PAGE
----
Science Questions

How do we measure the distance to galaxies?

Mon, 14th Apr 2014

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Question

Konrad Higgins asked:

I have a question about measuring the distances and recession speeds of galaxies, which is also linked to dark matter/energy.

 

My understanding is that measurements indicate that space is expanding, and it is this that is responsible for the redshift observed by inter alia Hubble.

 

My question is, are all galaxies moving away from each other only because of the expansion of space, or if one was to remove this expansion effect could they be moving towards each other and or away from each other? It is perhaps difficult to word - I am imagining a rubber band with two points representing two galaxies of static distance controlling for the expansion of space. Stretch the rubber band and the distance increases between the points. If you replace the points with two ants, and stretch the band, the distance between them may increase although the ants themselves may be walking towards each other or it may increase faster than anticipated if they are walking away from each other. Is the universe like the points or the ants?

 

It occurs to me that if, controlling for the expansion of space, the galaxies are moving together in some regions of space, or away from each other in others, this could indicate the influence of dark matter or energy, or some other interesting effect.

 

I imagine there is a problem - measuring the actual distances to the galaxies to then control for the expansion of space. I understand that standard candles were used to measure distances to galaxies and from this the distance/red shift relationship observed. Do we have reliable candles for a good proportion of galaxies I wonder, or when we hear of galaxies being at such and such a distance, are we more typically measuring the red shift from them and using that to obtain the distance. If the latter then presumably one would not be able to tell if, controlling for the expansion of space, they are going away from or towards us. Or are there other ways of measuring distance?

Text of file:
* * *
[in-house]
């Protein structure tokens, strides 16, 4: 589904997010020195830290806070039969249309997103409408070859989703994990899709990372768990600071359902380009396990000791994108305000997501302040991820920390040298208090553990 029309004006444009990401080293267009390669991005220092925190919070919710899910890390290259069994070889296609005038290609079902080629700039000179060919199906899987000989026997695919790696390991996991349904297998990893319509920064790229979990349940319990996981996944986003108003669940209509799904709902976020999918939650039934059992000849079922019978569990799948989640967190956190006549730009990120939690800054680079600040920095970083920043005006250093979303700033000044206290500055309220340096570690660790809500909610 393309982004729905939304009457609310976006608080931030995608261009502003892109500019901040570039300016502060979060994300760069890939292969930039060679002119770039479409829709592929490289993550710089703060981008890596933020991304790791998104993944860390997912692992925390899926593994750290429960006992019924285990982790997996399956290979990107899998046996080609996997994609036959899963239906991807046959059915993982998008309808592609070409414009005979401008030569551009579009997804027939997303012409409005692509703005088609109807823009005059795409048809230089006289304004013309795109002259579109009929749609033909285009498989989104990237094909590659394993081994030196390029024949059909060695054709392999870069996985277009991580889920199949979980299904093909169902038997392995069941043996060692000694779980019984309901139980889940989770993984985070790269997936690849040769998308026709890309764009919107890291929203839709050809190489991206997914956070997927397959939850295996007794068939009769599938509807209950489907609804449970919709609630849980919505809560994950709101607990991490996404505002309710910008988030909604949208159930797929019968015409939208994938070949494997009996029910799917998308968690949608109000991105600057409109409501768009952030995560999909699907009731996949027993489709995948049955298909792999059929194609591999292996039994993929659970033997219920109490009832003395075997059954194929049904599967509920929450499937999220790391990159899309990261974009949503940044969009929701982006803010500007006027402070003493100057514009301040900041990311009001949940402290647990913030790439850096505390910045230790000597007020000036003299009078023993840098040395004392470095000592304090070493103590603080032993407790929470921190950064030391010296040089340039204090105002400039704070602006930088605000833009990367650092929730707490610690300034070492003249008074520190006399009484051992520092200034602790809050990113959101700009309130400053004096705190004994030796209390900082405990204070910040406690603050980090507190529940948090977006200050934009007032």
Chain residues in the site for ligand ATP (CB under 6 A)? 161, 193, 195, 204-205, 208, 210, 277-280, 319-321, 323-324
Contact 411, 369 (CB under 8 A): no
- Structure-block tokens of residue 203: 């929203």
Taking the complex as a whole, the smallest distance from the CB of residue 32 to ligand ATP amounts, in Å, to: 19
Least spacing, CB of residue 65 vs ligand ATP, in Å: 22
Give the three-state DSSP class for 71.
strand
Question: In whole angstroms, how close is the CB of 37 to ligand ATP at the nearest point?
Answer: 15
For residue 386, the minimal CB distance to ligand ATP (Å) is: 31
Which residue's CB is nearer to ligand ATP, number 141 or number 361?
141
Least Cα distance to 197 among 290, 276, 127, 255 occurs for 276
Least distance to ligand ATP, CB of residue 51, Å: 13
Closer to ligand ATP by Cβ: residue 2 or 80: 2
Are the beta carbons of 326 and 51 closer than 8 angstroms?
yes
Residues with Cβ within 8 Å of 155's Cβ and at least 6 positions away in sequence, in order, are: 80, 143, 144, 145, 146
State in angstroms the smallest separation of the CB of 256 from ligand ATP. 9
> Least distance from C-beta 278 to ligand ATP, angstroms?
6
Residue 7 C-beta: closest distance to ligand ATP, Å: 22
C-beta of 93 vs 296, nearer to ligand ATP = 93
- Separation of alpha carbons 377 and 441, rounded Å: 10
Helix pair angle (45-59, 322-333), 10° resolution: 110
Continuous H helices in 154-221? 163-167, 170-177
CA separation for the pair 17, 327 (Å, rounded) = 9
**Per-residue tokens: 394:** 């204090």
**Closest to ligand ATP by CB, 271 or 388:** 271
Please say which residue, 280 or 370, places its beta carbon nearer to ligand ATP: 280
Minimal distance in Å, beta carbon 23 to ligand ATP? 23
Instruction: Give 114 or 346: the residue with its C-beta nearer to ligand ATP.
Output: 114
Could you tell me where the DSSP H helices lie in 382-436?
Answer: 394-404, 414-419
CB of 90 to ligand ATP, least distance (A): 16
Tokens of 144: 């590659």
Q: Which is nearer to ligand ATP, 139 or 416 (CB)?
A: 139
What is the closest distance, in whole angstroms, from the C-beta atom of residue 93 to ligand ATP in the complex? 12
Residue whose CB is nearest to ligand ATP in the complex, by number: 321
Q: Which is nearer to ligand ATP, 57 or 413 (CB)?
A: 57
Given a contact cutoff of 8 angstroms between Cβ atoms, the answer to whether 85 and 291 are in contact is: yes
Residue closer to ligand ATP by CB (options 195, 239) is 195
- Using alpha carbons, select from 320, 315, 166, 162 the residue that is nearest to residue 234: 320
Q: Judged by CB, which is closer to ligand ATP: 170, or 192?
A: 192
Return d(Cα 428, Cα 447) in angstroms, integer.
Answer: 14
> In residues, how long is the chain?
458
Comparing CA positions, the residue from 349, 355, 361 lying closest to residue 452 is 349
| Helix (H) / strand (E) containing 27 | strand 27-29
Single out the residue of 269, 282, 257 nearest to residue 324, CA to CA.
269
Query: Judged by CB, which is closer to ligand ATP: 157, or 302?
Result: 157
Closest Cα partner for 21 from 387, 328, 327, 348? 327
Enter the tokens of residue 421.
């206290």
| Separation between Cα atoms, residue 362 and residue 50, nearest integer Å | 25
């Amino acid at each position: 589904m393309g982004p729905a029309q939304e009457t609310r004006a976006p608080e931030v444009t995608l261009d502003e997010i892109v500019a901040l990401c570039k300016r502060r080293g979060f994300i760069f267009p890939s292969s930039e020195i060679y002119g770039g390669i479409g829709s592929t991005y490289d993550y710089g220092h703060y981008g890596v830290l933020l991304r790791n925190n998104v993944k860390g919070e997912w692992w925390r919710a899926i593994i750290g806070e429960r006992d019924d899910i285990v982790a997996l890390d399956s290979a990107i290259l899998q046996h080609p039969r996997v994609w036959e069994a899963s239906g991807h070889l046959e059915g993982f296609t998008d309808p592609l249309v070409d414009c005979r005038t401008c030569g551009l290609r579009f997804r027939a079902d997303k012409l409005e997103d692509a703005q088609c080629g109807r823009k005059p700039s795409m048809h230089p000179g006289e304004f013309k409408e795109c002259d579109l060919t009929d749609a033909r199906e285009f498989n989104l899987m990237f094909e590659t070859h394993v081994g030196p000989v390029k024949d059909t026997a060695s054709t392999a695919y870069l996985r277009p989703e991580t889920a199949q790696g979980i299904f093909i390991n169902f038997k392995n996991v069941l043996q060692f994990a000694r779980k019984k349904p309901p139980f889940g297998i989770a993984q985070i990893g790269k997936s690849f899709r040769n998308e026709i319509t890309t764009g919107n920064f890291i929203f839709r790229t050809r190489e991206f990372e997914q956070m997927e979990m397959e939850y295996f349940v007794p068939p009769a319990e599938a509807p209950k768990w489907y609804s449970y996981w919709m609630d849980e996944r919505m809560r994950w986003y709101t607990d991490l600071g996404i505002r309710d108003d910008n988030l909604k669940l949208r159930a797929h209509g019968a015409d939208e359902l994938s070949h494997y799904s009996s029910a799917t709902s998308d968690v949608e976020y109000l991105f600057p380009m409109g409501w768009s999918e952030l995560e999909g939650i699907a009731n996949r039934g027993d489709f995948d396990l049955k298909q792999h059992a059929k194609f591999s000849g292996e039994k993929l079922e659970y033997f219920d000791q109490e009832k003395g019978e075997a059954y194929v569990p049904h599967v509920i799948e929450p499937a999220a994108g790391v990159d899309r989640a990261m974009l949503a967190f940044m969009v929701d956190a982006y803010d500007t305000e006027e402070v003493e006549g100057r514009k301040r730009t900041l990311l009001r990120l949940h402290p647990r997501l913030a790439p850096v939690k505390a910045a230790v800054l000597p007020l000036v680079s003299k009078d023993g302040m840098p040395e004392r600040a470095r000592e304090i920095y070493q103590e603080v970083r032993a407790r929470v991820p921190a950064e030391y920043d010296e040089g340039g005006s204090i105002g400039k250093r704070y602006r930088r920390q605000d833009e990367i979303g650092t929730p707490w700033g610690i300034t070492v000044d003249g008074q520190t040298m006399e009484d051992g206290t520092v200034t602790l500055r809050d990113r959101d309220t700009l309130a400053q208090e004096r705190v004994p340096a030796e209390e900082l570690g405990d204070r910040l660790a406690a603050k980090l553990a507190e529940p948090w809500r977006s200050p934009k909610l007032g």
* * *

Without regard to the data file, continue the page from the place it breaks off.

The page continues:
Answer

The Andromeda GalaxySo, itís a huge question.  Measuring distances in astronomy is no small feat and there are huge fields of it dedicated to this.  Standard candles is a great method actually for galaxies and this allows us to tie into our measurements of a red shift and to verify exactly what distance that is.  So, the way this works is, we have a class of objects, say, a supernova or a type of star.  We think we understand the physics of it so well that it has a certain intrinsic luminosity, a certain intrinsic brightness to it when itís there by itself.  If we then scale that to a distance away from us, itís going to look dimmer.  But because we feel like we understand the physics of it, we can then adjust for that distance.  So, those are our standard candles and if we can find one in a faraway galaxy, we can scale it to where we think it should be.  The red shift is an interesting thing because this is looking at the spectrum of an astronomical object and a lot of times, we are looking for lines in the spectrum, emission from molecular hydrogen or something like that.  If this is shifted away from the frequency that we expect it to be emitting at.  This can be either blue shifted if itís moving towards us or red shifted if moving away.  Then we know if itís moving towards us or away from us.  Coupled with this is the expansion of the universe and it becomes tricky when you have local movements of galaxies moving towards us or away from us because that does happen on a local scale.  And then on a much grander scale, you have this expansion, the whole universe, the space between galaxies stretching apart.  And as you say, you do need some sort of backup standard candle.  Large scales, we normally neglect these local random motions and we say everything is moving away and we can quite easily scale a red shift with a distance.  Local scales, itís a bit more tricky, good question.